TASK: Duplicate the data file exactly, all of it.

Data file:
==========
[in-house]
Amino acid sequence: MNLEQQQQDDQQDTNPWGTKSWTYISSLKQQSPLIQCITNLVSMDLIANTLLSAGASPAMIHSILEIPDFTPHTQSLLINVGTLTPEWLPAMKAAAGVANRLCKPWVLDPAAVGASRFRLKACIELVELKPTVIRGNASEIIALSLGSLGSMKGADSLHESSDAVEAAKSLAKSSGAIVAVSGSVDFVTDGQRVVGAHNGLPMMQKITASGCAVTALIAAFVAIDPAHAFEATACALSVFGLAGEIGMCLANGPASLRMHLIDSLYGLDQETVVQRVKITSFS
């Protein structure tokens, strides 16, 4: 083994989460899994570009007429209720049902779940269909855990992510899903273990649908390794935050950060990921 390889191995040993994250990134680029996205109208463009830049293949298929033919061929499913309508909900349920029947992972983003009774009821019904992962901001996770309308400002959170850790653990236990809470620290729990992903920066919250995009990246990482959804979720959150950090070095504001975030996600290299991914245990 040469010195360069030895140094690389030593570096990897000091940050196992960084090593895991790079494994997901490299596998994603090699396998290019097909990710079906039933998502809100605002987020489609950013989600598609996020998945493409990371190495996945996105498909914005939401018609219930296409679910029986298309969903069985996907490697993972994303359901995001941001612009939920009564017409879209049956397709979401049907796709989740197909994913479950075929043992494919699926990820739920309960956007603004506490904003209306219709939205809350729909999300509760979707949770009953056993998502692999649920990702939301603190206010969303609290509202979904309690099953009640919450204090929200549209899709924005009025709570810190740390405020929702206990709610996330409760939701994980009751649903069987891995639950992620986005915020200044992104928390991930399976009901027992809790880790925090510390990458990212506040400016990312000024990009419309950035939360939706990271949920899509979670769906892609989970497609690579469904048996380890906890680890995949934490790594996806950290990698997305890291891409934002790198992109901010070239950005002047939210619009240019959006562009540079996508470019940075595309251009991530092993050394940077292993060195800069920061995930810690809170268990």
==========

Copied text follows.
[in-house]
Amino acid sequence: MNLEQQQQDDQQDTNPWGTKSWTYISSLKQQSPLIQCITNLVSMDLIANTLLSAGASPAMIHSILEIPDFTPHTQSLLINVGTLTPEWLPAMKAAAGVANRLCKPWVLDPAAVGASRFRLKACIELVELKPTVIRGNASEIIALSLGSLGSMKGADSLHESSDAVEAAKSLAKSSGAIVAVSGSVDFVTDGQRVVGAHNGLPMMQKITASGCAVTALIAAFVAIDPAHAFEATACALSVFGLAGEIGMCLANGPASLRMHLIDSLYGLDQETVVQRVKITSFS
């Protein structure tokens, strides 16, 4: 083994989460899994570009007429209720049902779940269909855990992510899903273990649908390794935050950060990921 390889191995040993994250990134680029996205109208463009830049293949298929033919061929499913309508909900349920029947992972983003009774009821019904992962901001996770309308400002959170850790653990236990809470620290729990992903920066919250995009990246990482959804979720959150950090070095504001975030996600290299991914245990 040469010195360069030895140094690389030593570096990897000091940050196992960084090593895991790079494994997901490299596998994603090699396998290019097909990710079906039933998502809100605002987020489609950013989600598609996020998945493409990371190495996945996105498909914005939401018609219930296409679910029986298309969903069985996907490697993972994303359901995001941001612009939920009564017409879209049956397709979401049907796709989740197909994913479950075929043992494919699926990820739920309960956007603004506490904003209306219709939205809350729909999300509760979707949770009953056993998502692999649920990702939301603190206010969303609290509202979904309690099953009640919450204090929200549209899709924005009025709570810190740390405020929702206990709610996330409760939701994980009751649903069987891995639950992620986005915020200044992104928390991930399976009901027992809790880790925090510390990458990212506040400016990312000024990009419309950035939360939706990271949920899509979670769906892609989970497609690579469904048996380890906890680890995949934490790594996806950290990698997305890291891409934002790198992109901010070239950005002047939210619009240019959006562009540079996508470019940075595309251009991530092993050394940077292993060195800069920061995930810690809170268990």